Why Every Business Needs a Written Succession Plan
Having invested so much time and energy into a business endeavor, many entrepreneurs do not want to consider what will happen if they are no longer able to run their company. Additionally, it may be difficult to decide if a business should stay in operation without its founder at the wheel. A business succession plan is one of the many ways a savvy business owner can be prepared and organized for what is to come.
In Case of Untimely Death or Departure
Unexpected events are unfortunately common. However, a personal or financial crisis is likely to have a much larger impact on a business with no succession plan. If you have long-term business goals, you may secure the legacy of your business with someone you trust to make the right decisions in your absence. Alternatively, a proper succession plan can ensure that a business is dissolved or sold in an efficient, painless manner.
While there may be parties invested in keeping your business afloat, a family business may also cause your loved ones undue strain if your family members are working toward different goals. There is a possibility that your family will reap a higher reward from the dissolution of your company, or by transitioning company leadership to a non-family member. These decisions are unique to you and your business, which highlights the importance of having a clear, definite course of action in the event of your untimely absence.
Keep Employees and Partners in the Loop
With everyone on the same page, your business has an added layer of protection and integrity that will survive your departure. A business succession plan will make it easier to spot possible hurdles, allowing you and your team to iron out any future rough patches that may arise.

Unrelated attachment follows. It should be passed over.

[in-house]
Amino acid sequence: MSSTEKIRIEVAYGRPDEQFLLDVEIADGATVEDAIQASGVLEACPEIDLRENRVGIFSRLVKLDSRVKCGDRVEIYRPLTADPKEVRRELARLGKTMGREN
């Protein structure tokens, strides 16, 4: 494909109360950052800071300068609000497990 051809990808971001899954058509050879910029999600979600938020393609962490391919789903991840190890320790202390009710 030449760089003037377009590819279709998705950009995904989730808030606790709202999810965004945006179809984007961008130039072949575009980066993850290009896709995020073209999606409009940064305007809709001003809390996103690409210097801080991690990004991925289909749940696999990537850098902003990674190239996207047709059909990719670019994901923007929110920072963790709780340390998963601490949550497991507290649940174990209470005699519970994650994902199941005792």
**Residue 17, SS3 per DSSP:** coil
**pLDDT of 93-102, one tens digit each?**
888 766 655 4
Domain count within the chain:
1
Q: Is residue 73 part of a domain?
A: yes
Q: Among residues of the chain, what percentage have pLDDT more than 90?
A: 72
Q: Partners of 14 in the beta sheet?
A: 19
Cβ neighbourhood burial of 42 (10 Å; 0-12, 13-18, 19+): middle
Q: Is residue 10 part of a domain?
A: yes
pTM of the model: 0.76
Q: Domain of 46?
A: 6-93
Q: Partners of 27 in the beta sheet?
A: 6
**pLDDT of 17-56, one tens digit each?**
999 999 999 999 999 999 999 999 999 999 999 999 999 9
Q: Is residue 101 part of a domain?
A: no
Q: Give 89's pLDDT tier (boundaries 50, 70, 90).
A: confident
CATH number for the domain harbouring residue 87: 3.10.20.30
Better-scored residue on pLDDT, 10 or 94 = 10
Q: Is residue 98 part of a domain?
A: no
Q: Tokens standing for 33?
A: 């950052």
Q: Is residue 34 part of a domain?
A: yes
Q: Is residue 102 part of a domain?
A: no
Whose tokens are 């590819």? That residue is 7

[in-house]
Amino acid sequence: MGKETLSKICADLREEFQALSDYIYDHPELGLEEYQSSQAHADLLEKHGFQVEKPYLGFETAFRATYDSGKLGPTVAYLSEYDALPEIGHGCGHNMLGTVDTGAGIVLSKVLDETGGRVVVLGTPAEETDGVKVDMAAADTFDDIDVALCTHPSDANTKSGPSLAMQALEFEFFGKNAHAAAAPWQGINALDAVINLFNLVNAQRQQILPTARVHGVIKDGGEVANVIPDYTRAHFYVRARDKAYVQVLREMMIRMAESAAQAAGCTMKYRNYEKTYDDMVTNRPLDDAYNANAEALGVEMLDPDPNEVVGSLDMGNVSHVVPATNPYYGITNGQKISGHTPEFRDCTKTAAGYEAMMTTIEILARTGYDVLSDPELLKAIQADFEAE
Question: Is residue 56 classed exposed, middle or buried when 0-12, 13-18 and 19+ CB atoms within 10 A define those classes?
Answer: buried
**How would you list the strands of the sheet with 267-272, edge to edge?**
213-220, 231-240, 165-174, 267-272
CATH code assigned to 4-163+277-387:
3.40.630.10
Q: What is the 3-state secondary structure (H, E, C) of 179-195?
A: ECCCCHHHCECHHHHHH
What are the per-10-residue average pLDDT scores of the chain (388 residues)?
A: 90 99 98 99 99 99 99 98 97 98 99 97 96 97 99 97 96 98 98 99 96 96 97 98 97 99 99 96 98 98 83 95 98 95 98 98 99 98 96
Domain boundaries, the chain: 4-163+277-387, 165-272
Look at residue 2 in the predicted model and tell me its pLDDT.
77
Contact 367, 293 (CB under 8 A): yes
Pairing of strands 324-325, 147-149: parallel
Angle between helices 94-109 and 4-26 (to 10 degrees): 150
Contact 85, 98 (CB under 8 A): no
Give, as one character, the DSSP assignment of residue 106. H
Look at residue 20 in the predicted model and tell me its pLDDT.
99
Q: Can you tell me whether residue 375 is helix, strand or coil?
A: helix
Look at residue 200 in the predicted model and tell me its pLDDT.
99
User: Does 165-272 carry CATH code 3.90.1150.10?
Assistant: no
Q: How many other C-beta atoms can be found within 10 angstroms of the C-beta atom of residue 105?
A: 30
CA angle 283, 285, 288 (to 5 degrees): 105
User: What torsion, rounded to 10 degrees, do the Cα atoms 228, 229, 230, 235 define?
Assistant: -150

Choosing a successor
Business succession may require that you withdraw from exercising control over your company, but it also allows you to do so on your own terms. What are the qualities you would like to remain present in your business model? Now is the perfect time to discuss the subsequent direction of your business.
Formalizing your wishes is important to business succession planning. A Buy-Sell Agreement, for example, is a document that outlines the terms of ownership transfer or withdrawal from a business. This is highly advisable in a business partnership, or when considering having a third party purchase your business from you.
Prepare Customers, Associates, and Loved Ones for Transition
Periods of transition are notorious for causing stress and confusion, but this does not have to be the case for your business. You have the ability to plan ahead for certain circumstances, such as sudden incapacitation or medical emergencies, which can cause panic among loved ones and business associates alike.
An Advance Directive is an estate planning tool that can be applied to business. In it, you have the opportunity to voice medical decisions and preferences as well as appoint an agent to act on your behalf in regard to treatment preferences. Having a clear course of action in case of medical emergencies will make it much easier for your business to remain stable.
Similar to an Advance Directive, a Power of Attorney names a personal representative to act on your behalf if you become incapacitated, but it applies to non-medical matters. This is crucial to a business changeover. Compared to the time and energy it would take others to decide how to handle a business you have left behind, creating a Power of Attorney and an Advance Directive will take a relatively small amount of effort. When a business continues to run smoothly in your absence, customers and clients will also rest assured that they are in good hands.